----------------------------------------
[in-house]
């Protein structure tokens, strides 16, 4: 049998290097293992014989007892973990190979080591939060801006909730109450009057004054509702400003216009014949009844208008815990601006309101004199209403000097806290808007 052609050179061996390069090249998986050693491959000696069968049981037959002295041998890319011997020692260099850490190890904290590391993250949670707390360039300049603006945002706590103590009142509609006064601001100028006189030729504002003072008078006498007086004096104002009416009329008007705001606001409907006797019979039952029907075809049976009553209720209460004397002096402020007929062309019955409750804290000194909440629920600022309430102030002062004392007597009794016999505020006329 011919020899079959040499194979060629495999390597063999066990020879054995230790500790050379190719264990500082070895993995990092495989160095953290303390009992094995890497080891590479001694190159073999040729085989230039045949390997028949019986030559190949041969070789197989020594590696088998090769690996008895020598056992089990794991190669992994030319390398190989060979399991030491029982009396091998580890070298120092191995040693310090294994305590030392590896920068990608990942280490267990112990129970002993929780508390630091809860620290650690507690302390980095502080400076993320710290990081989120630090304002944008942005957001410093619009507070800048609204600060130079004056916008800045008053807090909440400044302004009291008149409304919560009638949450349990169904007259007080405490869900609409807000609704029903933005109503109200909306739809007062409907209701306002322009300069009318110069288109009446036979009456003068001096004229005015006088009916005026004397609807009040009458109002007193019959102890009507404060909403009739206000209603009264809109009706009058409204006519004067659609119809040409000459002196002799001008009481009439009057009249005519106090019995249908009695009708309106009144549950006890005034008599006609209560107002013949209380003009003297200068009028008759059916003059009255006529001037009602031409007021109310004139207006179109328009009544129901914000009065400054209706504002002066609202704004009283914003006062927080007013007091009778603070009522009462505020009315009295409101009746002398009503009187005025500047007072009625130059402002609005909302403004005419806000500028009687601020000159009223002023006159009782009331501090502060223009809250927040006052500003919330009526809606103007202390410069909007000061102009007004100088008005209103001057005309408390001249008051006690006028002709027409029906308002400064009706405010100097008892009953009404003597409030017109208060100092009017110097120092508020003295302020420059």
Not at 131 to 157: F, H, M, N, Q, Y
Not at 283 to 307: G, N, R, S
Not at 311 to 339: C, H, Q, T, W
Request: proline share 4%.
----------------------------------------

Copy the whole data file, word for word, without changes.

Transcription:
[in-house]
């Protein structure tokens, strides 16, 4: 049998290097293992014989007892973990190979080591939060801006909730109450009057004054509702400003216009014949009844208008815990601006309101004199209403000097806290808007 052609050179061996390069090249998986050693491959000696069968049981037959002295041998890319011997020692260099850490190890904290590391993250949670707390360039300049603006945002706590103590009142509609006064601001100028006189030729504002003072008078006498007086004096104002009416009329008007705001606001409907006797019979039952029907075809049976009553209720209460004397002096402020007929062309019955409750804290000194909440629920600022309430102030002062004392007597009794016999505020006329 011919020899079959040499194979060629495999390597063999066990020879054995230790500790050379190719264990500082070895993995990092495989160095953290303390009992094995890497080891590479001694190159073999040729085989230039045949390997028949019986030559190949041969070789197989020594590696088998090769690996008895020598056992089990794991190669992994030319390398190989060979399991030491029982009396091998580890070298120092191995040693310090294994305590030392590896920068990608990942280490267990112990129970002993929780508390630091809860620290650690507690302390980095502080400076993320710290990081989120630090304002944008942005957001410093619009507070800048609204600060130079004056916008800045008053807090909440400044302004009291008149409304919560009638949450349990169904007259007080405490869900609409807000609704029903933005109503109200909306739809007062409907209701306002322009300069009318110069288109009446036979009456003068001096004229005015006088009916005026004397609807009040009458109002007193019959102890009507404060909403009739206000209603009264809109009706009058409204006519004067659609119809040409000459002196002799001008009481009439009057009249005519106090019995249908009695009708309106009144549950006890005034008599006609209560107002013949209380003009003297200068009028008759059916003059009255006529001037009602031409007021109310004139207006179109328009009544129901914000009065400054209706504002002066609202704004009283914003006062927080007013007091009778603070009522009462505020009315009295409101009746002398009503009187005025500047007072009625130059402002609005909302403004005419806000500028009687601020000159009223002023006159009782009331501090502060223009809250927040006052500003919330009526809606103007202390410069909007000061102009007004100088008005209103001057005309408390001249008051006690006028002709027409029906308002400064009706405010100097008892009953009404003597409030017109208060100092009017110097120092508020003295302020420059």
Not at 131 to 157: F, H, M, N, Q, Y
Not at 283 to 307: G, N, R, S
Not at 311 to 339: C, H, Q, T, W
Request: proline share 4%.